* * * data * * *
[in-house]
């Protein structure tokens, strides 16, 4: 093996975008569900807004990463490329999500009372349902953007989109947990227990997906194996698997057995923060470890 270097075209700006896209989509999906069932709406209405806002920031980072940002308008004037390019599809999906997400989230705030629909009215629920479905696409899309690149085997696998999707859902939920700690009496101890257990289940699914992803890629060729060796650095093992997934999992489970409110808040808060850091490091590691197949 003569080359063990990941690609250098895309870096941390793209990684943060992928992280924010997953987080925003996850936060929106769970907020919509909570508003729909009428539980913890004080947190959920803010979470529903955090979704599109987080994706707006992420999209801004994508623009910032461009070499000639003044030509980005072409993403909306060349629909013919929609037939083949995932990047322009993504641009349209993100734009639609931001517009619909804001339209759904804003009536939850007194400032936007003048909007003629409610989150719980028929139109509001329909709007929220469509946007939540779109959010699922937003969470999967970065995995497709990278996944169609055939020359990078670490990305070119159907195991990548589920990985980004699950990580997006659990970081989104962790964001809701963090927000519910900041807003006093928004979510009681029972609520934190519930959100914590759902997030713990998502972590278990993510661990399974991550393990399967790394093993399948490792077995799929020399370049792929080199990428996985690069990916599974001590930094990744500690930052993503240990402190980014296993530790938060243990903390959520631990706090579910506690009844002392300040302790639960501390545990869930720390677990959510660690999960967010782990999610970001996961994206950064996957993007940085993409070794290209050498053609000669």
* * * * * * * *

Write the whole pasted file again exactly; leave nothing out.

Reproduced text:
[in-house]
């Protein structure tokens, strides 16, 4: 093996975008569900807004990463490329999500009372349902953007989109947990227990997906194996698997057995923060470890 270097075209700006896209989509999906069932709406209405806002920031980072940002308008004037390019599809999906997400989230705030629909009215629920479905696409899309690149085997696998999707859902939920700690009496101890257990289940699914992803890629060729060796650095093992997934999992489970409110808040808060850091490091590691197949 003569080359063990990941690609250098895309870096941390793209990684943060992928992280924010997953987080925003996850936060929106769970907020919509909570508003729909009428539980913890004080947190959920803010979470529903955090979704599109987080994706707006992420999209801004994508623009910032461009070499000639003044030509980005072409993403909306060349629909013919929609037939083949995932990047322009993504641009349209993100734009639609931001517009619909804001339209759904804003009536939850007194400032936007003048909007003629409610989150719980028929139109509001329909709007929220469509946007939540779109959010699922937003969470999967970065995995497709990278996944169609055939020359990078670490990305070119159907195991990548589920990985980004699950990580997006659990970081989104962790964001809701963090927000519910900041807003006093928004979510009681029972609520934190519930959100914590759902997030713990998502972590278990993510661990399974991550393990399967790394093993399948490792077995799929020399370049792929080199990428996985690069990916599974001590930094990744500690930052993503240990402190980014296993530790938060243990903390959520631990706090579910506690009844002392300040302790639960501390545990869930720390677990959510660690999960967010782990999610970001996961994206950064996957993007940085993409070794290209050498053609000669």